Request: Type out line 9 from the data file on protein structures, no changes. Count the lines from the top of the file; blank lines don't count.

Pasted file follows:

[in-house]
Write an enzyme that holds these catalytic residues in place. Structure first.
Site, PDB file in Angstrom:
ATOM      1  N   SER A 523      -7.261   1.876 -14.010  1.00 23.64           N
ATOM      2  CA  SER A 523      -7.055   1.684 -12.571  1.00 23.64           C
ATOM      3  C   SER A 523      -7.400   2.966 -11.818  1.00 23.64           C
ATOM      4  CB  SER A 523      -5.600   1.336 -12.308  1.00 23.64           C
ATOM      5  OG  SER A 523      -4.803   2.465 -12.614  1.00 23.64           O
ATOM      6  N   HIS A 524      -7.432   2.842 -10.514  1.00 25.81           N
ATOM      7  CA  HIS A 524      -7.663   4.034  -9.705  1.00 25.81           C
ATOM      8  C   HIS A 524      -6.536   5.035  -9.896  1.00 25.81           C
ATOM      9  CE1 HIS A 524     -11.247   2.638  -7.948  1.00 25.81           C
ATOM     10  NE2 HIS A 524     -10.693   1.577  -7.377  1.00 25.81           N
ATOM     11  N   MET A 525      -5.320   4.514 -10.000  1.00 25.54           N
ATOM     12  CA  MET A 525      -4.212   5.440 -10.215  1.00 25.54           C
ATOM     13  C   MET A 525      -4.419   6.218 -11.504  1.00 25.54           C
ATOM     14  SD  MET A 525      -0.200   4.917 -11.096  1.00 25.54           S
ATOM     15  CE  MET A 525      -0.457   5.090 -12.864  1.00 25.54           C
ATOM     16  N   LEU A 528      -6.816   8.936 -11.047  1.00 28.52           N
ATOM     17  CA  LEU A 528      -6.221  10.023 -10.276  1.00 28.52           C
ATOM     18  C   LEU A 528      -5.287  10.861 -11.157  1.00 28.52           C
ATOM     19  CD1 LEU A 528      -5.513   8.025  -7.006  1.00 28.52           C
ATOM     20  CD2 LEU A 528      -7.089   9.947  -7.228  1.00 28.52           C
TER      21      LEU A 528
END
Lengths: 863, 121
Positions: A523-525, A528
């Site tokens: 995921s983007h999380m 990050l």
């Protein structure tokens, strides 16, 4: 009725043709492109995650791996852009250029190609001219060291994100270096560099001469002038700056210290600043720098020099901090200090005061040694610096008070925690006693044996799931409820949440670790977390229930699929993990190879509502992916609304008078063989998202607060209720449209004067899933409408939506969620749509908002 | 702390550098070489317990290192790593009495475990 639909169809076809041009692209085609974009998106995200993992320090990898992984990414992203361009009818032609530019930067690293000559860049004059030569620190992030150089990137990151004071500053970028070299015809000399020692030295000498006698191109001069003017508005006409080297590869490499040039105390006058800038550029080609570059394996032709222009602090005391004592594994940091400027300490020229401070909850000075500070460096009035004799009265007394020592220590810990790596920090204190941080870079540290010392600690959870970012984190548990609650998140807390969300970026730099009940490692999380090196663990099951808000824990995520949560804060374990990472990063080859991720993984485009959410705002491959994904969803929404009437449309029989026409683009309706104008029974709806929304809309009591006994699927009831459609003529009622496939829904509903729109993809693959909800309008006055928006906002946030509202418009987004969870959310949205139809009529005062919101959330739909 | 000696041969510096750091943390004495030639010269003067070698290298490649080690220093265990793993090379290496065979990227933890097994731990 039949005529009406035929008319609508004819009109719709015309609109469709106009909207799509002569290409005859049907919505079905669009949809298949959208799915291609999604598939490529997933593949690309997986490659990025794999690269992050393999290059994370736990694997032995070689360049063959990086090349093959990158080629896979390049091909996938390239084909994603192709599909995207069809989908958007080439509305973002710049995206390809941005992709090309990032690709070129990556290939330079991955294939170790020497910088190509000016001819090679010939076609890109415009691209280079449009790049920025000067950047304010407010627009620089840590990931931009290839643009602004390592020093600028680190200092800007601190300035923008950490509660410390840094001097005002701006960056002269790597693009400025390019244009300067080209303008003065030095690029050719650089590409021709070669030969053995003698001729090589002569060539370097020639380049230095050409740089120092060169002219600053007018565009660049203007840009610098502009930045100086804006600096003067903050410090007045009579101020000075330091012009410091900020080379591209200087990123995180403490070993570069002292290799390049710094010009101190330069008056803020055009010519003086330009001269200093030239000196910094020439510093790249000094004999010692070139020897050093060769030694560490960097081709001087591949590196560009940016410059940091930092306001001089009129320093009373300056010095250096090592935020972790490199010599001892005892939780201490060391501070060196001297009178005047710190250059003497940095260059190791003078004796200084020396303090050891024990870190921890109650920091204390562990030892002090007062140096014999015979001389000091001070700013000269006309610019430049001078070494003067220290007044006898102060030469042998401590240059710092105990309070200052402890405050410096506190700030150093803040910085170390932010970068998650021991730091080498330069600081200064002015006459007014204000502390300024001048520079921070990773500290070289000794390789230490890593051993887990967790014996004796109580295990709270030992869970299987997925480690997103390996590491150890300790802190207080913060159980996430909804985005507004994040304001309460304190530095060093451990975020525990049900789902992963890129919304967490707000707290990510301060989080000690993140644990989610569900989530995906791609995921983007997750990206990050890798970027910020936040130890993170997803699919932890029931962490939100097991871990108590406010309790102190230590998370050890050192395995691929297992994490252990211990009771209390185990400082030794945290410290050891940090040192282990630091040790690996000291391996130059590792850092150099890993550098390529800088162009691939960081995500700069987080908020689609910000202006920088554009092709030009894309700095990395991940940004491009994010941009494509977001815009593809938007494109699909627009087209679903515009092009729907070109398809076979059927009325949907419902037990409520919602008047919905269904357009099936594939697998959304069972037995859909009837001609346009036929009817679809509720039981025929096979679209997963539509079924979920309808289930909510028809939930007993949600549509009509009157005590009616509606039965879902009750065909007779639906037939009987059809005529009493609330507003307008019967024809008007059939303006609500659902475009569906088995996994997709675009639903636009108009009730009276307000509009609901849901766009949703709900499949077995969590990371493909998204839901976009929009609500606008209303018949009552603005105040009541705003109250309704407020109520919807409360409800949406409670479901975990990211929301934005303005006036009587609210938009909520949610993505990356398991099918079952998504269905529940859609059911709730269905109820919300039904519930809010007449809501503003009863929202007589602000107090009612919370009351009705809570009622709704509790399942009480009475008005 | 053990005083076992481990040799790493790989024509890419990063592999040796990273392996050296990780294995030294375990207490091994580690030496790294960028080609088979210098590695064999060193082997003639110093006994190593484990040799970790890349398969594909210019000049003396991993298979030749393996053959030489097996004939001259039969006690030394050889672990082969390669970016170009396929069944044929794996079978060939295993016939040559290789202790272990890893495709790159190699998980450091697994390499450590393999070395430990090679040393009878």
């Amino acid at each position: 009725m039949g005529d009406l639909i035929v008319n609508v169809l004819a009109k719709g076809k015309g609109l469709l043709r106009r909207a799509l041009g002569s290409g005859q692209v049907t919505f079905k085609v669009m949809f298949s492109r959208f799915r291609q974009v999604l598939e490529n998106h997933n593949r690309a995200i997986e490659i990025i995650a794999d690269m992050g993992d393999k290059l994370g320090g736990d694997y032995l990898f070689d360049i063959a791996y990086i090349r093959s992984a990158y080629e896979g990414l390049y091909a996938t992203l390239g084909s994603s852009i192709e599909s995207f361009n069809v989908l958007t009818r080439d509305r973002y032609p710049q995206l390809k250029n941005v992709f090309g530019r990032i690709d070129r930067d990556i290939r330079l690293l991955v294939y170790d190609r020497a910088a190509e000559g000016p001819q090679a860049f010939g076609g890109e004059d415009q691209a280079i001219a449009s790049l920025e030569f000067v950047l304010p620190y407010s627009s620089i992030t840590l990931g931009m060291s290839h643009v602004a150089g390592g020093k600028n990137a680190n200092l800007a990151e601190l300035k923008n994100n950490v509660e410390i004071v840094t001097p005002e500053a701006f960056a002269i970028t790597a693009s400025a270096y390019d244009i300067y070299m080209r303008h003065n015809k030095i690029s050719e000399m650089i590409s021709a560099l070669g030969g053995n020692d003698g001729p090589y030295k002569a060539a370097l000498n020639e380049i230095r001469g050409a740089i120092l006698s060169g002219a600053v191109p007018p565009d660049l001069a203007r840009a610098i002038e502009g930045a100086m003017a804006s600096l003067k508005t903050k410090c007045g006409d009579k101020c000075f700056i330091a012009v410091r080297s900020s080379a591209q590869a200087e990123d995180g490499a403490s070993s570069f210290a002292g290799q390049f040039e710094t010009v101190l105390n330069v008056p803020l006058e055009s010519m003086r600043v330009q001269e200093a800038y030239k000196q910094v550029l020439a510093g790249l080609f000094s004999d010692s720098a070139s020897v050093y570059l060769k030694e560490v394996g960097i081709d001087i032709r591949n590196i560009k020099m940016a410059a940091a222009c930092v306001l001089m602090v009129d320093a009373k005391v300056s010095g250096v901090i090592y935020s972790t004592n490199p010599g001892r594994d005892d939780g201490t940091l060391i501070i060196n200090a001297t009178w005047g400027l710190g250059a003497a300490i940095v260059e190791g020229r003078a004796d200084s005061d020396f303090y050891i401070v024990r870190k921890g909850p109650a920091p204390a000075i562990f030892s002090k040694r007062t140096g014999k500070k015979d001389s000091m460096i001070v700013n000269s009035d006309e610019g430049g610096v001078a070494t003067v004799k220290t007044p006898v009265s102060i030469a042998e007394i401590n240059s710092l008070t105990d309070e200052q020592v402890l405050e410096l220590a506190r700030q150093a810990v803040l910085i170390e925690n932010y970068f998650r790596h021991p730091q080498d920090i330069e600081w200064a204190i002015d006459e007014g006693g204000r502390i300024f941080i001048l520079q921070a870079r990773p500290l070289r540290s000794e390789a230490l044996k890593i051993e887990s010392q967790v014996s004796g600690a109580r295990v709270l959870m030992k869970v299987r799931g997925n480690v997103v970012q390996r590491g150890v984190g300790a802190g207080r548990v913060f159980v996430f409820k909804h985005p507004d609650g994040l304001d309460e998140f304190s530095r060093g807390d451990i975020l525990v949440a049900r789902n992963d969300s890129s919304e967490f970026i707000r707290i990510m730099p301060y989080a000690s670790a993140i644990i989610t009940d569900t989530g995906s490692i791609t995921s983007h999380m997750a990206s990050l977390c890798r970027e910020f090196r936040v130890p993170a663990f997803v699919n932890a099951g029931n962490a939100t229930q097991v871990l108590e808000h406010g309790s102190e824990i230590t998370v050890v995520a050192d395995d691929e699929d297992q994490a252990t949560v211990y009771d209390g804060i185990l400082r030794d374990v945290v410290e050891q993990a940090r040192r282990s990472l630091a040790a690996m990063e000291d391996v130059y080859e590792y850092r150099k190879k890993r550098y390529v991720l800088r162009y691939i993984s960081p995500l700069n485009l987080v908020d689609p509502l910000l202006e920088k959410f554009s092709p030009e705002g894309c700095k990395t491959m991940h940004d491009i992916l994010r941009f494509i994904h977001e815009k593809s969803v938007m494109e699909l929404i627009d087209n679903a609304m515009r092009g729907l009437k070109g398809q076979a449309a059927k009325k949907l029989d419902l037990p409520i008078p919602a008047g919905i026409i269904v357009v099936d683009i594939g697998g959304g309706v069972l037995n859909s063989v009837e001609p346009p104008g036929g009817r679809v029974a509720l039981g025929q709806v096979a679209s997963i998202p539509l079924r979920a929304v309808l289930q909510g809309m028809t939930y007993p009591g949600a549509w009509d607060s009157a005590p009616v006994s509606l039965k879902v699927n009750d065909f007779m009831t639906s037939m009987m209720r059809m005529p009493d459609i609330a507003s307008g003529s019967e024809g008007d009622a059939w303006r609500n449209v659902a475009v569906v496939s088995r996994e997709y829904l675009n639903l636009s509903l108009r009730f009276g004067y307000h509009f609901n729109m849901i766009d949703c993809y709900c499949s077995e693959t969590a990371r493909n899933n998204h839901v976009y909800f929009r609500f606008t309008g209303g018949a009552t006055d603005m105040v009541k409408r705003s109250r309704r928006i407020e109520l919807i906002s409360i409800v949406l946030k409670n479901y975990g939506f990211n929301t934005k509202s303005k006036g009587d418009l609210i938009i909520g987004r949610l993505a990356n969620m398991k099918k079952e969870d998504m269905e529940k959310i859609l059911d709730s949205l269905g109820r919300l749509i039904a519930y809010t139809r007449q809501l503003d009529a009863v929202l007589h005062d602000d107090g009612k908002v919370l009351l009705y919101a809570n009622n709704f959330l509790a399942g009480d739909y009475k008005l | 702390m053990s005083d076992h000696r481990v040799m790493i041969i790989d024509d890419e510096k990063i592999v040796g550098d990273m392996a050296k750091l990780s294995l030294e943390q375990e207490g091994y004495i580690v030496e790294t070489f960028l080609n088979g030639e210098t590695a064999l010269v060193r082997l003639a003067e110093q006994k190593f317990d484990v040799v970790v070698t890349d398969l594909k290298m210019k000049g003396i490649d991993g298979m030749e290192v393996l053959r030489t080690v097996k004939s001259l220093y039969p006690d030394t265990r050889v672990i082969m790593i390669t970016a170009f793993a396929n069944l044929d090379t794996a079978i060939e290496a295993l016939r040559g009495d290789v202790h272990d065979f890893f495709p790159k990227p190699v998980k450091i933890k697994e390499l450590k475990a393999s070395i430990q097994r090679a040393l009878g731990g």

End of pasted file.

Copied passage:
ATOM      6  N   HIS A 524      -7.432   2.842 -10.514  1.00 25.81           N